But it’s Tony-winning actress Cynthia Erivo (“The Color Purple”) who first brings Franklin back to life in “Genius: Aretha,” the third installment in the National Geographic anthology series following previous seasons on Albert Einstein and Pablo Picasso. The eight-episode series, which premiered Sunday, will air through Wednesday. (There are two episodes per night, at 9 p.m. and 10 p.m., which are available on Hulu the next day.)
And let’s face it: There can never be enough propers for Aretha.
It’s a tall task for anyone to play such a towering figure — even Erivo, who already earned a Best Actress Oscar nomination for portraying another African American legend, Harriet Tubman, in 2019’s “Harriet.” And it takes her a little while to settle into the role — or, let’s say, it takes a little while for you to accept her in the role.
That’s because this is not a transformation. Erivo doesn’t really look like Franklin. She doesn’t really talk like Franklin. And — as inspired as some of her vocals are — she doesn’t really sing like Franklin. I mean, how could she?
Erivo’s performance is more of an interpretation than mimicry, so you never once feel as if you’re watching Aretha Franklin. But once you let go of that, there’s enough of her essence to capture moments of her genius.
There’s the moment in the second episode when she meets Atlantic Records executive Jerry Wexler (David Cross) — producer of such golden-era albums as 1968’s Lady Soul” — and, after asking to be called “Ms. Franklin” instead of “Aretha,” proceeds to take him all the way to church with the gospel hymn “How I Got Over.”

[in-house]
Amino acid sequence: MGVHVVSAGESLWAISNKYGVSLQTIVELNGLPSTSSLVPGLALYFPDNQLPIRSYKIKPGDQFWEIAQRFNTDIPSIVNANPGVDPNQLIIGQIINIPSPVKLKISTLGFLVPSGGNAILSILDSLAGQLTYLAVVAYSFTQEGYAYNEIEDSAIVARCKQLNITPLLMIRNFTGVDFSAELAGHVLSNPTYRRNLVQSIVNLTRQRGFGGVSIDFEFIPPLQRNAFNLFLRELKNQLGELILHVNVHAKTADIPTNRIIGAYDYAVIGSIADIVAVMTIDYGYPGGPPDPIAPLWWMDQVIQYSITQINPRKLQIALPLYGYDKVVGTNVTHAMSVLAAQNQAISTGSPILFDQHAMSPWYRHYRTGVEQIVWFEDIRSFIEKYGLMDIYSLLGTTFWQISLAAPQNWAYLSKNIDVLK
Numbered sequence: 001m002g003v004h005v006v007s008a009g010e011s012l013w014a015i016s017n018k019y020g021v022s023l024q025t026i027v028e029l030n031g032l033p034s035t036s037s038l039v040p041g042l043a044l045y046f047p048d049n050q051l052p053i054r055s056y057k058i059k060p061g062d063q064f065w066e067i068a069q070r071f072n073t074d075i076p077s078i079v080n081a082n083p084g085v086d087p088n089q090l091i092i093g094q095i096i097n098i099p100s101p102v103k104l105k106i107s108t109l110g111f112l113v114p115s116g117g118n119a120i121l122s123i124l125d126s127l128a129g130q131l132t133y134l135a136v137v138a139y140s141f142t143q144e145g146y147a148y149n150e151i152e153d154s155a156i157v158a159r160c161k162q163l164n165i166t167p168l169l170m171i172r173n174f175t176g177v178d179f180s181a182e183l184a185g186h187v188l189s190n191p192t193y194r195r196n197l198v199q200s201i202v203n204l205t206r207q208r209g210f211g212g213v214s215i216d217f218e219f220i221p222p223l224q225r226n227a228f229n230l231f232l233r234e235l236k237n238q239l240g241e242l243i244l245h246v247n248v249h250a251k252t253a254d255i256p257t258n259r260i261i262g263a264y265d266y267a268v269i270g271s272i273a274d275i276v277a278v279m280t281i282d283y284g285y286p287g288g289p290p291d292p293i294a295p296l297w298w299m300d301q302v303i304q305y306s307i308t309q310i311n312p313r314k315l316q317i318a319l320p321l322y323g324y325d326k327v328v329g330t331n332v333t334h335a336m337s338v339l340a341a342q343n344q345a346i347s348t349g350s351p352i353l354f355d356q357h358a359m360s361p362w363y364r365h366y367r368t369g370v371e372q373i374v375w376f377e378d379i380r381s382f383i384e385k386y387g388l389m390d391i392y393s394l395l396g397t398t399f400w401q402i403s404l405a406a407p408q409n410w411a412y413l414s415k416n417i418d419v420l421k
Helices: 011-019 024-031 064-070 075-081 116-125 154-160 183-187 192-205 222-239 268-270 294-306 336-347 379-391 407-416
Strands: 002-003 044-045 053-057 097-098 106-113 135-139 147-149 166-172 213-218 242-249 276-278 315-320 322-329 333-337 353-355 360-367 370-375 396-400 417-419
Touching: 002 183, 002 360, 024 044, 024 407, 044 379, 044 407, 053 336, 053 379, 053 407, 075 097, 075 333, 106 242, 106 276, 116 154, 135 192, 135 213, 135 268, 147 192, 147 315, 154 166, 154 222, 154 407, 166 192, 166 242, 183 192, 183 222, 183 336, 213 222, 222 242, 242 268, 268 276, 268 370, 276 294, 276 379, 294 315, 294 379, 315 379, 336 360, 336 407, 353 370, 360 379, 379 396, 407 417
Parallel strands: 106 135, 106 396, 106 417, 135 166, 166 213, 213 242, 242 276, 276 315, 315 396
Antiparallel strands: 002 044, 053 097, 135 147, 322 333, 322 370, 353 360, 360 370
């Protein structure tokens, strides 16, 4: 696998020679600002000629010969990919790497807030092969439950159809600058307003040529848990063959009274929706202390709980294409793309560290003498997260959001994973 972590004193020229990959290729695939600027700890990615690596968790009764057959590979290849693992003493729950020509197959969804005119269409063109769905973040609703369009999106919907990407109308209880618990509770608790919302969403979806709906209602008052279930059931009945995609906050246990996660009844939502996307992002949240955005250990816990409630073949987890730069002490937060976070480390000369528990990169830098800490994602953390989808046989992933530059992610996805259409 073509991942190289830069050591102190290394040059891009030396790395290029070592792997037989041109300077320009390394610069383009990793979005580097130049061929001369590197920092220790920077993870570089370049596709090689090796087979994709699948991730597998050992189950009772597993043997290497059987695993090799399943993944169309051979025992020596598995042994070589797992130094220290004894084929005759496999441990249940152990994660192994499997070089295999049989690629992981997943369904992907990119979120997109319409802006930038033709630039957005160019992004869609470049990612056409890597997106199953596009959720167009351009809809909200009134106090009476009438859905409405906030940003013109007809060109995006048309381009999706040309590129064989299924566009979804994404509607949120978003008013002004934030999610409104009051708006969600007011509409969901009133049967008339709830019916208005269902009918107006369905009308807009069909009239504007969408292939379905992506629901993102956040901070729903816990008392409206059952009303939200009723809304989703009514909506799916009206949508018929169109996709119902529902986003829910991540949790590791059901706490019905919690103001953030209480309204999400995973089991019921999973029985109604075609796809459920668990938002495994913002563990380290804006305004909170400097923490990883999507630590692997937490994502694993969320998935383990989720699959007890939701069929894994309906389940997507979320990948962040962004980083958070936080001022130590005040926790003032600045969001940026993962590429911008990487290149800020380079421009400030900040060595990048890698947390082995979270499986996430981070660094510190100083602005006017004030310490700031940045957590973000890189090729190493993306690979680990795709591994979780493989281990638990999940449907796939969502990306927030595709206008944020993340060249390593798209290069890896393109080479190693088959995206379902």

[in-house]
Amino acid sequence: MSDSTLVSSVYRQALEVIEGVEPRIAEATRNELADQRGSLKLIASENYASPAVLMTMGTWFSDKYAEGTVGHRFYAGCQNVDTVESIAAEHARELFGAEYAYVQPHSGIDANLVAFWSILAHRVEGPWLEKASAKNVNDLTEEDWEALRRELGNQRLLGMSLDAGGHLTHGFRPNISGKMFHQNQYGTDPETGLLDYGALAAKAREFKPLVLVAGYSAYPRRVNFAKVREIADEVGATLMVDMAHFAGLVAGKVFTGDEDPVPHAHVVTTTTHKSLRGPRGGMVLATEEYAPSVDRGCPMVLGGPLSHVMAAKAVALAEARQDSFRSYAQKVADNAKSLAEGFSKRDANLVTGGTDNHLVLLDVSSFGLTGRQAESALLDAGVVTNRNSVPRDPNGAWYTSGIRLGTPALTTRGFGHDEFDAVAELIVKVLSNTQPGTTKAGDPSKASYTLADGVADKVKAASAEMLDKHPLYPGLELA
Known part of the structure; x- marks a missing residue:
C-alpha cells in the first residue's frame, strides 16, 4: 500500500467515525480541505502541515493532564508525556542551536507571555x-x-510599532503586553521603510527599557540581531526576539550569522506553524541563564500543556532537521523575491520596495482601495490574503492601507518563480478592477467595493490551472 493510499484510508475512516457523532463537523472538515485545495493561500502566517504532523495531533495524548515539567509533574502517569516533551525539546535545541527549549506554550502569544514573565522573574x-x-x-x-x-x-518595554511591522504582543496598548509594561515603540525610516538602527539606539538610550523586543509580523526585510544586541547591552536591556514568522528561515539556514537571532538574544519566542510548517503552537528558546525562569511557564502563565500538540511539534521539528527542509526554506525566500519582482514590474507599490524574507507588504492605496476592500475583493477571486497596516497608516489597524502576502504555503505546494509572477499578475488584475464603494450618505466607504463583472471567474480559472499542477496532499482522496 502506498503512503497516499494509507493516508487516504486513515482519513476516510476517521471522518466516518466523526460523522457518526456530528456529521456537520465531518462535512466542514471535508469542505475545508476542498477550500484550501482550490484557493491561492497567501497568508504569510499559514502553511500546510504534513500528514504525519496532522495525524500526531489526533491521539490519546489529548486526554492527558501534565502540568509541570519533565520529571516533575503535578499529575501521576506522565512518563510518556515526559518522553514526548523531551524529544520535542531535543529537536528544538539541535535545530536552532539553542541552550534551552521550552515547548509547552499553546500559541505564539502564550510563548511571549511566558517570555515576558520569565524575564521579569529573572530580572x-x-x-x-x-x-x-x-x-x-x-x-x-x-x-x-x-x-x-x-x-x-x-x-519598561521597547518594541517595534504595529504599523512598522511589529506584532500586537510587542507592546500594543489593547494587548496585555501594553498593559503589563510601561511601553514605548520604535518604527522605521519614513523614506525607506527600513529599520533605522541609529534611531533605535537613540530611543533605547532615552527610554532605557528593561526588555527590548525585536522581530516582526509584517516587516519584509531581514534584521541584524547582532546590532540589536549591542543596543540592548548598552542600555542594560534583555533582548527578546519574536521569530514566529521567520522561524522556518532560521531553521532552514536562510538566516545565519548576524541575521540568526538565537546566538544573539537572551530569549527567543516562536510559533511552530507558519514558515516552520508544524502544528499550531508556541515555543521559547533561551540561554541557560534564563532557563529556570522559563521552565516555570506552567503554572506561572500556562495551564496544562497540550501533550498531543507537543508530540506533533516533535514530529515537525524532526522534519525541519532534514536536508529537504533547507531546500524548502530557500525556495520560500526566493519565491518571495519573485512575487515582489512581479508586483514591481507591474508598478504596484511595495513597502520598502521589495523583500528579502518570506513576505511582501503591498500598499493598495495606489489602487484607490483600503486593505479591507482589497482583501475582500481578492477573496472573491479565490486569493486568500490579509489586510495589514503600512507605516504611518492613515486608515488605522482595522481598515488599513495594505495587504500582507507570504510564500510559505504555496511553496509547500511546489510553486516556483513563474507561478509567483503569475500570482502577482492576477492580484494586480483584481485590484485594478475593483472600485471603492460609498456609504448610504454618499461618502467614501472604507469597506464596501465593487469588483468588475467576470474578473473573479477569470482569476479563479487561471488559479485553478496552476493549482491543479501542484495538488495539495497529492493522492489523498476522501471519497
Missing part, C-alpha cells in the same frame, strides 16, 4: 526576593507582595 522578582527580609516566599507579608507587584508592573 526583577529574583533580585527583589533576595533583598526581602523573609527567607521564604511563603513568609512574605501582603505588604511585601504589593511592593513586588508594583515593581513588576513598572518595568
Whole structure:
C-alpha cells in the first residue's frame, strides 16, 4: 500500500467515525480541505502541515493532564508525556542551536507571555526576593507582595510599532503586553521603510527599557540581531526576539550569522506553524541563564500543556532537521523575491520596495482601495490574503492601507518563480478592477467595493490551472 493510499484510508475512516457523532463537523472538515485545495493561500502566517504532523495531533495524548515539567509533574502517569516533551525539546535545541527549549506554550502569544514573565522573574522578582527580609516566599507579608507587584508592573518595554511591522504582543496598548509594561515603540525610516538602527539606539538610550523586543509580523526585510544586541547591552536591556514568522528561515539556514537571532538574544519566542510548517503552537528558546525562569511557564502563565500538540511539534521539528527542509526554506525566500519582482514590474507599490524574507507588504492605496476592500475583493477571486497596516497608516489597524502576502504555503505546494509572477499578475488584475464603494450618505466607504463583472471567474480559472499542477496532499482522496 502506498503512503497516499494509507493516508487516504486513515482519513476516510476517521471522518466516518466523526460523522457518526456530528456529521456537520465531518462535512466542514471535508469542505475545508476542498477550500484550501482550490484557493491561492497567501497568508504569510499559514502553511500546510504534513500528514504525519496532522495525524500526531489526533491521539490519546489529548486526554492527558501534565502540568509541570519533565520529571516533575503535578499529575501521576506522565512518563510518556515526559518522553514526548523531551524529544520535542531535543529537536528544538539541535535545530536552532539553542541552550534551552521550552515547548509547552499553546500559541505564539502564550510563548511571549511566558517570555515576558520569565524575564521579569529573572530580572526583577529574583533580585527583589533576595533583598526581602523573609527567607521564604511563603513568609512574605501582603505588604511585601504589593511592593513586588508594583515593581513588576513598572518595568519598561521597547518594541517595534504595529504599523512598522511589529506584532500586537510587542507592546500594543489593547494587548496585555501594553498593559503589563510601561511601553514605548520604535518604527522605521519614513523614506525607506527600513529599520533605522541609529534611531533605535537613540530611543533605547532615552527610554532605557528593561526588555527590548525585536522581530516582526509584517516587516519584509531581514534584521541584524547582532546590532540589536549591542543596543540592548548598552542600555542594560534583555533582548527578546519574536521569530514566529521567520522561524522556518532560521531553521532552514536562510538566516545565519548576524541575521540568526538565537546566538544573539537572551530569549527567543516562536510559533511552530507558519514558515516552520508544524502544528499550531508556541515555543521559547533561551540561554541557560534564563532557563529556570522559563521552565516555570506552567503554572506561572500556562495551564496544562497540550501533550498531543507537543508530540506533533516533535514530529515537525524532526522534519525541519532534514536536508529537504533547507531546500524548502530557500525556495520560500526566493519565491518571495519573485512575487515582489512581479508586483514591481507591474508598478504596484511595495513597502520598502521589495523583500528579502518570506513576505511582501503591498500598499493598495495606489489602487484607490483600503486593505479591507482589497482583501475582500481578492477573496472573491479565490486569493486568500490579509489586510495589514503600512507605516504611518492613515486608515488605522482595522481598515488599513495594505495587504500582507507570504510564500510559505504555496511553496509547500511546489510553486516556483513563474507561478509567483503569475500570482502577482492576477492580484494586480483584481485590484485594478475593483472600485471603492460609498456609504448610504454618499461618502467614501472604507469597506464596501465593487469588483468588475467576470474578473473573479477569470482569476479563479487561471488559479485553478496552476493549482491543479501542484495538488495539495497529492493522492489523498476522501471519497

Then there’s a moment in Episode 5 when — as the now-coronated Queen ruling a studio session — she notices the difference in sound that her piano makes after an empty pizza box is removed from its top and demands that the would-be trash be put back.
It’s moments like those that give real insight into how — after struggling to find her sound at the beginning of her recording career — Aretha became Aretha.
But “Genius: Aretha” also goes deep into Franklin’s roots as a child prodigy on the gospel-caravan circuit with her father, the Rev. C.L. Franklin (Courtney B. Vance). Flashbacks of her innate talent blossoming despite a tough upbringing — she had two kids by the age of 14 – are interspersed throughout, with a winning Shaian Jordan playing young Aretha.
But there’s a little too much time spent on Franklin’s childhood. The scandalous split of her parents because of her philandering father — leaving Franklin and her siblings to grow up without their mom — is overdone in soapy style. Still, it helps explain why she grew up to have her own problems with men — including her father.
There are some do-right men in Franklin’s life, though: Ken Cunningham — played by rapper T.I., disappearing under his Afro wig and superfly fashion — is a lover who tends to both Franklin’s heart and her black consciousness.
Meanwhile, the Rev. James Cleveland — in an uncanny portrayal by Omar J. Dorsey (“Queen Sugar”) — goes from childhood confidante to her trusted collaborator when Franklin records perhaps her greatest achievement: her 1972 “Amazing Grace” live gospel album.
When Erivo powers through the title tune as a genuinely moved Dorsey plays through tears at the piano, you just know that the holy spirit was on set that day.